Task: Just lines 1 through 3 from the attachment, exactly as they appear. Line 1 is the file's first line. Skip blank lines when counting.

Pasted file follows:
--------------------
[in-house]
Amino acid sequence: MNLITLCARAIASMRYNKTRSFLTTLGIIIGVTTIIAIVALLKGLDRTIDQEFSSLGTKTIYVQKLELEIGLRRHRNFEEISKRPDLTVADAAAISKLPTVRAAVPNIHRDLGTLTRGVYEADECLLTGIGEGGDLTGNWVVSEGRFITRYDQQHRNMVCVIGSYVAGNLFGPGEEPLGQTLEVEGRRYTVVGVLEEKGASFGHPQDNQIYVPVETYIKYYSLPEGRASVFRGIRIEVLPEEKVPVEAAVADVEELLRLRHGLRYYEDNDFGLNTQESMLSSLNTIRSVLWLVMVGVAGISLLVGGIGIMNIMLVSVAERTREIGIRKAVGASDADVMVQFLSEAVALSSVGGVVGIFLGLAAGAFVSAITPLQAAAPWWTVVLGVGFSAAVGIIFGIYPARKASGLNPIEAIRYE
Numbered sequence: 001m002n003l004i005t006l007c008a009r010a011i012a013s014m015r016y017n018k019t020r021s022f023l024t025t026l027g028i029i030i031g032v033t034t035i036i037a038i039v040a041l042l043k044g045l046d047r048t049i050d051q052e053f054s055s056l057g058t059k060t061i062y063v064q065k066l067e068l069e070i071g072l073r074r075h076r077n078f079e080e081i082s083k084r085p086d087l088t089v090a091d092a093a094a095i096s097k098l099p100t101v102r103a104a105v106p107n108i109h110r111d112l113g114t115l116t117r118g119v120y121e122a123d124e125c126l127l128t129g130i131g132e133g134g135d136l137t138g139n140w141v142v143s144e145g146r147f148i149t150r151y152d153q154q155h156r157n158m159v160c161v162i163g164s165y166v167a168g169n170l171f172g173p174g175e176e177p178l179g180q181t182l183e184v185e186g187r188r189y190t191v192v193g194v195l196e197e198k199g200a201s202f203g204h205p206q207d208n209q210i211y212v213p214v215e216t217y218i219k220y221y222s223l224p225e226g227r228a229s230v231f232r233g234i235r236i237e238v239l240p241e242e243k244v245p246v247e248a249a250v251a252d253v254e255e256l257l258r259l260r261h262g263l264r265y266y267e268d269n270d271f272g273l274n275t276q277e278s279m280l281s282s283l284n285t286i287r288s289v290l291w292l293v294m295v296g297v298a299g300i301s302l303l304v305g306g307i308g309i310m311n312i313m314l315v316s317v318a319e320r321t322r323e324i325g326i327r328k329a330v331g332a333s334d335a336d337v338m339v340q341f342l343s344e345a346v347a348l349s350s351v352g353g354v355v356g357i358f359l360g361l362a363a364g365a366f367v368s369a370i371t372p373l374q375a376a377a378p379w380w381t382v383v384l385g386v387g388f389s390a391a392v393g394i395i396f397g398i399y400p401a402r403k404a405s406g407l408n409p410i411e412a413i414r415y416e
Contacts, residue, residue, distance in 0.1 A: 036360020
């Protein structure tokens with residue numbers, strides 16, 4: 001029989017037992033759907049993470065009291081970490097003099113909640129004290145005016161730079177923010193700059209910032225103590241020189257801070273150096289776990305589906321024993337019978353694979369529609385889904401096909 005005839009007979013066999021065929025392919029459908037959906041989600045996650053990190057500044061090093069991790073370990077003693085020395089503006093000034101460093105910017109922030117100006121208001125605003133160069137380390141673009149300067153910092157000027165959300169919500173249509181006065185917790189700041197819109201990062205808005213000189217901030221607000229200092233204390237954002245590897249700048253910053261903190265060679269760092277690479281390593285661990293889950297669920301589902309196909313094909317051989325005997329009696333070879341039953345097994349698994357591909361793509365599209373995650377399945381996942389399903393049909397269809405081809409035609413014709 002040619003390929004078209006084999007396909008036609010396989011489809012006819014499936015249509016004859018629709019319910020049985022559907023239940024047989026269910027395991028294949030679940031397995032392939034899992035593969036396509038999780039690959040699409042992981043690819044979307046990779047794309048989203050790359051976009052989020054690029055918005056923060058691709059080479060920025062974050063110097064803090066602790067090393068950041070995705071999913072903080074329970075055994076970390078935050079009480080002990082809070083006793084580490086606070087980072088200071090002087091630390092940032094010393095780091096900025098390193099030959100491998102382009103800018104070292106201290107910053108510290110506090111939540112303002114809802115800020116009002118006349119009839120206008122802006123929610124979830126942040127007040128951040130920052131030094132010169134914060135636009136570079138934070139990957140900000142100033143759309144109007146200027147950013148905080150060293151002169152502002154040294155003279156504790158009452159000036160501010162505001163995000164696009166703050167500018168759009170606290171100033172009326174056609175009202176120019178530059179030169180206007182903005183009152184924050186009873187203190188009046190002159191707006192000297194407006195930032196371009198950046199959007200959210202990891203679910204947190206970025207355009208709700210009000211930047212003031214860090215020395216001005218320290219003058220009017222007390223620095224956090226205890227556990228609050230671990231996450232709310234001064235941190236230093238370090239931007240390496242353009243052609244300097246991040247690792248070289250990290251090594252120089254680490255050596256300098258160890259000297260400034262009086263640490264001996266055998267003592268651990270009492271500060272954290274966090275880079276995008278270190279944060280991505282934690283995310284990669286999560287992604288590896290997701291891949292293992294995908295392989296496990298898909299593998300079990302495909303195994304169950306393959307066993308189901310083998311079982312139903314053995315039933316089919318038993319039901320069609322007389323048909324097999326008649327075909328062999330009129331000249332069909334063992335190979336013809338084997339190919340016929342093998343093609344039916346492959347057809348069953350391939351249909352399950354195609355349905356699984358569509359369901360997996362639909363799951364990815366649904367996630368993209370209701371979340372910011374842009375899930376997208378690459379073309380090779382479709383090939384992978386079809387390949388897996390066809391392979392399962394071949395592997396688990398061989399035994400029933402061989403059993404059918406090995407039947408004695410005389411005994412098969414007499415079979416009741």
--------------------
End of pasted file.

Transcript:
[in-house]
Amino acid sequence: MNLITLCARAIASMRYNKTRSFLTTLGIIIGVTTIIAIVALLKGLDRTIDQEFSSLGTKTIYVQKLELEIGLRRHRNFEEISKRPDLTVADAAAISKLPTVRAAVPNIHRDLGTLTRGVYEADECLLTGIGEGGDLTGNWVVSEGRFITRYDQQHRNMVCVIGSYVAGNLFGPGEEPLGQTLEVEGRRYTVVGVLEEKGASFGHPQDNQIYVPVETYIKYYSLPEGRASVFRGIRIEVLPEEKVPVEAAVADVEELLRLRHGLRYYEDNDFGLNTQESMLSSLNTIRSVLWLVMVGVAGISLLVGGIGIMNIMLVSVAERTREIGIRKAVGASDADVMVQFLSEAVALSSVGGVVGIFLGLAAGAFVSAITPLQAAAPWWTVVLGVGFSAAVGIIFGIYPARKASGLNPIEAIRYE
Numbered sequence: 001m002n003l004i005t006l007c008a009r010a011i012a013s014m015r016y017n018k019t020r021s022f023l024t025t026l027g028i029i030i031g032v033t034t035i036i037a038i039v040a041l042l043k044g045l046d047r048t049i050d051q052e053f054s055s056l057g058t059k060t061i062y063v064q065k066l067e068l069e070i071g072l073r074r075h076r077n078f079e080e081i082s083k084r085p086d087l088t089v090a091d092a093a094a095i096s097k098l099p100t101v102r103a104a105v106p107n108i109h110r111d112l113g114t115l116t117r118g119v120y121e122a123d124e125c126l127l128t129g130i131g132e133g134g135d136l137t138g139n140w141v142v143s144e145g146r147f148i149t150r151y152d153q154q155h156r157n158m159v160c161v162i163g164s165y166v167a168g169n170l171f172g173p174g175e176e177p178l179g180q181t182l183e184v185e186g187r188r189y190t191v192v193g194v195l196e197e198k199g200a201s202f203g204h205p206q207d208n209q210i211y212v213p214v215e216t217y218i219k220y221y222s223l224p225e226g227r228a229s230v231f232r233g234i235r236i237e238v239l240p241e242e243k244v245p246v247e248a249a250v251a252d253v254e255e256l257l258r259l260r261h262g263l264r265y266y267e268d269n270d271f272g273l274n275t276q277e278s279m280l281s282s283l284n285t286i287r288s289v290l291w292l293v294m295v296g297v298a299g300i301s302l303l304v305g306g307i308g309i310m311n312i313m314l315v316s317v318a319e320r321t322r323e324i325g326i327r328k329a330v331g332a333s334d335a336d337v338m339v340q341f342l343s344e345a346v347a348l349s350s351v352g353g354v355v356g357i358f359l360g361l362a363a364g365a366f367v368s369a370i371t372p373l374q375a376a377a378p379w380w381t382v383v384l385g386v387g388f389s390a391a392v393g394i395i396f397g398i399y400p401a402r403k404a405s406g407l408n409p410i411e412a413i414r415y416e